Camping: Sage Creek Campground

Sage Creek is one of two campgrounds in Badlands National Park. Unlike the luxurious Cedar Pass campground, Sage Creek is primitive with no running water and pit toilets. The campground is located at the end of Sage Creek Rim Road, a dirt road off of the main road in he park. Camping is first come-first serve and free. This campground is awesome. It is just a big circle in the plains. Bison roam through freely and prairie dogs burrow all around! The campground probably has room for twenty tents with a good bit of space between them. There is a large hill next to the campground that gives you a great view of the area. There is also a small canyon nearby that is perfect for exploring, just watch out for the massive bison that are everywhere.

The campground from above.

Making coffee at the picnic table.

Bison in the road held us up for 20 minutes

Thanks! – Josh

A Years Worth of National Park Wildlife

In the past year or so of blogging, Josh and I have been fortunate to see a lot of wildlife while visiting National Parks across the country. I thought I would share all of these in one place.

Frog in Death Valley NP

This friendly coyote tried to hitch a ride in Death Valley NP

Deer in Mammoth Cave NP

Turkey running afowl in Mammoth Cave NP

Postcard perfect Elk in Yellowstone NP

The blurry blob to the right of the letter E was an incredibly large porcupine

Bison in Yellowstone NP

This Roosevelt Elk in Olympic NP walked right down the trail towards me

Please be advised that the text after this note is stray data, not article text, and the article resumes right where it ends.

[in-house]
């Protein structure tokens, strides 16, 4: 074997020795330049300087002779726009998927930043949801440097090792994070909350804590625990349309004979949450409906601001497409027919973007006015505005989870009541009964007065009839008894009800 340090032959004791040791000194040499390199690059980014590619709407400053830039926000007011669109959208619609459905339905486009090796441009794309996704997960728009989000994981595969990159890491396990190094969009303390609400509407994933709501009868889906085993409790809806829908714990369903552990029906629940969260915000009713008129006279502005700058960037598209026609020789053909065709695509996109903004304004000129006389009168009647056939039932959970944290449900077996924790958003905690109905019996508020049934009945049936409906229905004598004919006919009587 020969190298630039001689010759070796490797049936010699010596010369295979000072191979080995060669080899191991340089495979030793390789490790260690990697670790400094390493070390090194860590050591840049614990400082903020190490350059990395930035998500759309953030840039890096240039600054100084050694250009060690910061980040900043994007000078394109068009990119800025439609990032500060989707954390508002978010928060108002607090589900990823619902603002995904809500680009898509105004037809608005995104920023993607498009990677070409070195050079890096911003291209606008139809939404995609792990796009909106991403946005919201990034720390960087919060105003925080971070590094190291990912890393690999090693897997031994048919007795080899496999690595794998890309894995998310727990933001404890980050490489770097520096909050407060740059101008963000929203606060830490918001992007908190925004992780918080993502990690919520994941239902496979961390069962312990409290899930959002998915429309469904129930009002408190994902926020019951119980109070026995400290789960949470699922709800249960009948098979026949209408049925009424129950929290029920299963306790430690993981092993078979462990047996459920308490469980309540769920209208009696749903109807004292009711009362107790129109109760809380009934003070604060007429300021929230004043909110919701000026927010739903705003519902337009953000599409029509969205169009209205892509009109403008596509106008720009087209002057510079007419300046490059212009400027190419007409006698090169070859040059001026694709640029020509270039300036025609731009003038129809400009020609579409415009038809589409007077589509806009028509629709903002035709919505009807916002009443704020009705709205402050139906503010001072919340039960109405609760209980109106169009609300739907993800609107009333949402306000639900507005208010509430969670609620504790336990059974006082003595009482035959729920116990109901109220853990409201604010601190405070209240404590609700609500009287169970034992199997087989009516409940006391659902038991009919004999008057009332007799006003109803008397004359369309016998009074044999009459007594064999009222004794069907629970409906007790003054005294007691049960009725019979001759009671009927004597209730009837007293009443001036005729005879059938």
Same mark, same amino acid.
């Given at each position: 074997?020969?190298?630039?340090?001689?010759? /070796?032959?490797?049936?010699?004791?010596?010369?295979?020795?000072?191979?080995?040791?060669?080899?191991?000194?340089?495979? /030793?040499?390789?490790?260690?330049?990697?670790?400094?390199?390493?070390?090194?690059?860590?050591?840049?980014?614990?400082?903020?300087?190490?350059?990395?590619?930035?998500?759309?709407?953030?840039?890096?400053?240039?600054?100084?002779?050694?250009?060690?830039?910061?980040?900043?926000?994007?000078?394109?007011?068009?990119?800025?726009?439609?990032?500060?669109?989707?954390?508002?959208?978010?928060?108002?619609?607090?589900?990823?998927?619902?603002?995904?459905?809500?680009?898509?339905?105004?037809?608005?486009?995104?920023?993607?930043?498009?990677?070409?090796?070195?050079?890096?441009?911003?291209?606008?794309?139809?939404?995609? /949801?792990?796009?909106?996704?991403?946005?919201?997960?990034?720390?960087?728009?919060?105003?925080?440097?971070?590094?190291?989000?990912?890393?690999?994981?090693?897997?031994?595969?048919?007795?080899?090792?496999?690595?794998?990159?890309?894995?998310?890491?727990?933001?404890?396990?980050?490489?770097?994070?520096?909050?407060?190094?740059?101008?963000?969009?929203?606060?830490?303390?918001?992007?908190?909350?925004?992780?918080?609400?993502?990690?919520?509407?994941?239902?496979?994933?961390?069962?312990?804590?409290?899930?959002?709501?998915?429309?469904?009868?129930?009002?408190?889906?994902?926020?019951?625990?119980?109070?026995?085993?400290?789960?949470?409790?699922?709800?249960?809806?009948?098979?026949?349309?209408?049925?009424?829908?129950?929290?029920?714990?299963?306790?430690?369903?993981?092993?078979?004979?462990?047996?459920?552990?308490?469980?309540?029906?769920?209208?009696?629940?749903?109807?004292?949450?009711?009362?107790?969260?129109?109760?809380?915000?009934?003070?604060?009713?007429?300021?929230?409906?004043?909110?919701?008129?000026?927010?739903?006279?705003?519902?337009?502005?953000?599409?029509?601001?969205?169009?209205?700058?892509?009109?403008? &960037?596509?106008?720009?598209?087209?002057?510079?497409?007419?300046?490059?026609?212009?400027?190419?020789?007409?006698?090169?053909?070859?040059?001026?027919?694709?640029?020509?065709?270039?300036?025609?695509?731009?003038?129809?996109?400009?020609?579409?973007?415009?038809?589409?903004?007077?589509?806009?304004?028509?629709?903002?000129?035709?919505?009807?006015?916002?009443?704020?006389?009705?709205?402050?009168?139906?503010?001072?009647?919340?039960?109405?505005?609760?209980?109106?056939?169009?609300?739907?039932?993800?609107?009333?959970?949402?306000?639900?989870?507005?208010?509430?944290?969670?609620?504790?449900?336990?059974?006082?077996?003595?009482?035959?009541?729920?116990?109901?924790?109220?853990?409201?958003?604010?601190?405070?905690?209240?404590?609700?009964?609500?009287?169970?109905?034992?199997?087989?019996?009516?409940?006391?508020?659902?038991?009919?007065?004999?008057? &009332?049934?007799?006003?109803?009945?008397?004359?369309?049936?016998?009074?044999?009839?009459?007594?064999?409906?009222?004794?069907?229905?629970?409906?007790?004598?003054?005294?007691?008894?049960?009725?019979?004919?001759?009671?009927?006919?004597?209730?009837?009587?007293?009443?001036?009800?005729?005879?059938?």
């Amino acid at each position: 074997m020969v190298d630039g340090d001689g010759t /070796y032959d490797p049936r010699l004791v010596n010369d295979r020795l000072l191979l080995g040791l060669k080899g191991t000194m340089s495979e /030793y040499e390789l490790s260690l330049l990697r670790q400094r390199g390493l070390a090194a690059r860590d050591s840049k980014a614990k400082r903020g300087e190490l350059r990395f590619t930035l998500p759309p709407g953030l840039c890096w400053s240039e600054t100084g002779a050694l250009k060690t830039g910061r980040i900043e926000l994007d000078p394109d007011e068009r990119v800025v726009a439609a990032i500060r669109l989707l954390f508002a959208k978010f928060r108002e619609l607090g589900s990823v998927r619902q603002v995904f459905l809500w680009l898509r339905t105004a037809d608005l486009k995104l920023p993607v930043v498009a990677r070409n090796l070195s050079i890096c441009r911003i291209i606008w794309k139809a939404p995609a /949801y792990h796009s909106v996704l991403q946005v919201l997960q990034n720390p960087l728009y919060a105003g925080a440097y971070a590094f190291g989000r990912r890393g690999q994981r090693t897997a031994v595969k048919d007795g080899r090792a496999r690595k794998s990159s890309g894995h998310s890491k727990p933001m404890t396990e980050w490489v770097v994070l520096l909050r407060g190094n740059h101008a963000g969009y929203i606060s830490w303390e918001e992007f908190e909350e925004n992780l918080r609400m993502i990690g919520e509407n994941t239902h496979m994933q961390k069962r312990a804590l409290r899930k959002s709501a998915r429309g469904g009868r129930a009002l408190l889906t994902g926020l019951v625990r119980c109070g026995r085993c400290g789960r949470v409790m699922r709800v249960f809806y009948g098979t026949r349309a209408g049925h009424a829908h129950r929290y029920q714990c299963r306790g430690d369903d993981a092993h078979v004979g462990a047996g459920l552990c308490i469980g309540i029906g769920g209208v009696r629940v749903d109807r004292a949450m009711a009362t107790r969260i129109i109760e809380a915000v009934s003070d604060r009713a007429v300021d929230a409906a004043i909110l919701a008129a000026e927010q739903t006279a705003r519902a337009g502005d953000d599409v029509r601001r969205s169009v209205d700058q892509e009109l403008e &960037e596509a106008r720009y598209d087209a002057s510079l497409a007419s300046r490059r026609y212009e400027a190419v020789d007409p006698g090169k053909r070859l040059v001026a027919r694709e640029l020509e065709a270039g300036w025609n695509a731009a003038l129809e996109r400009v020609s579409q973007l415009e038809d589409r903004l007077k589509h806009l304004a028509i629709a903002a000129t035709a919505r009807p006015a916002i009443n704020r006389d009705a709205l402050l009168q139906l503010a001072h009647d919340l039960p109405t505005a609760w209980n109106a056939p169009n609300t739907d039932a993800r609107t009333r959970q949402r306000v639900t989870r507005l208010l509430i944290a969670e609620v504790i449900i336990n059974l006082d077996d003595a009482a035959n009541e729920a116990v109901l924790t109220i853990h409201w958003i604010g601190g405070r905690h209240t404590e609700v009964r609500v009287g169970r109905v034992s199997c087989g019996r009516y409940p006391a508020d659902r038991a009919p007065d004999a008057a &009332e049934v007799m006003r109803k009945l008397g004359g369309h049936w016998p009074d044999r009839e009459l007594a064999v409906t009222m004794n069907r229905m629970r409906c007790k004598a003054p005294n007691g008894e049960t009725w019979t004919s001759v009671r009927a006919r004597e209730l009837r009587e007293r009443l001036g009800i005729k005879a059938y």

Bighorn Sheep in Badlands NP

Bison in Waterton Lakes NP

This grizzly bear in Waterton Lakes NP was busy munching and never paid any attention to us

Deer in Great Sand Dunes NP

The Ptarmigan’s in Glacier NP were everywhere

This marmot posing in Grand Teton NP was our blog with the highest views all year

Black bear in Great Smoky Mountains NP

The jackrabbits in Joshua Tree NP were huge

This addax in Big Bend NP was making a huge racket

This deer was eating a banana peel by the Colorado River in the Grand Canyon NP

Tropical fish in Dry Tortugas NP

We didn’t get pictures of the moose in Rocky Mountain NP nor did we get a picture of an all too close encounter with a mountain lion in Joshua Tree NP.

rk

Picture of the Day: Badlands National Park


This is right outside of Sage Creek Campground in Badlands National Park. We woke up early to wander around before packing up but our morning stroll was cut short by these two bison enjoying their breakfast right in our path! 

Picture of the Day: Bison in Waterton Lakes



A baby bison and it’s mom enjoying the views! 

     Yellowstone’s wolves are one of the most popular examples of a successful species reintroduction in North America! Another popular example would be the California Condor who was once considered extinct in the wild and now has a population approaching 500! I have been lucky enough to see both the wolves of Yellowstone and a California Condor (at the Grand Canyon!). On our recent trip to Waterton Lakes in Alberta we got lucky again and saw a small bison herd that was reintroduced into the Canadian plains in 2014! Still being quite the small herd and an ongoing process of reintroduction I am excited to see how the bison thrive in their old Canadian home!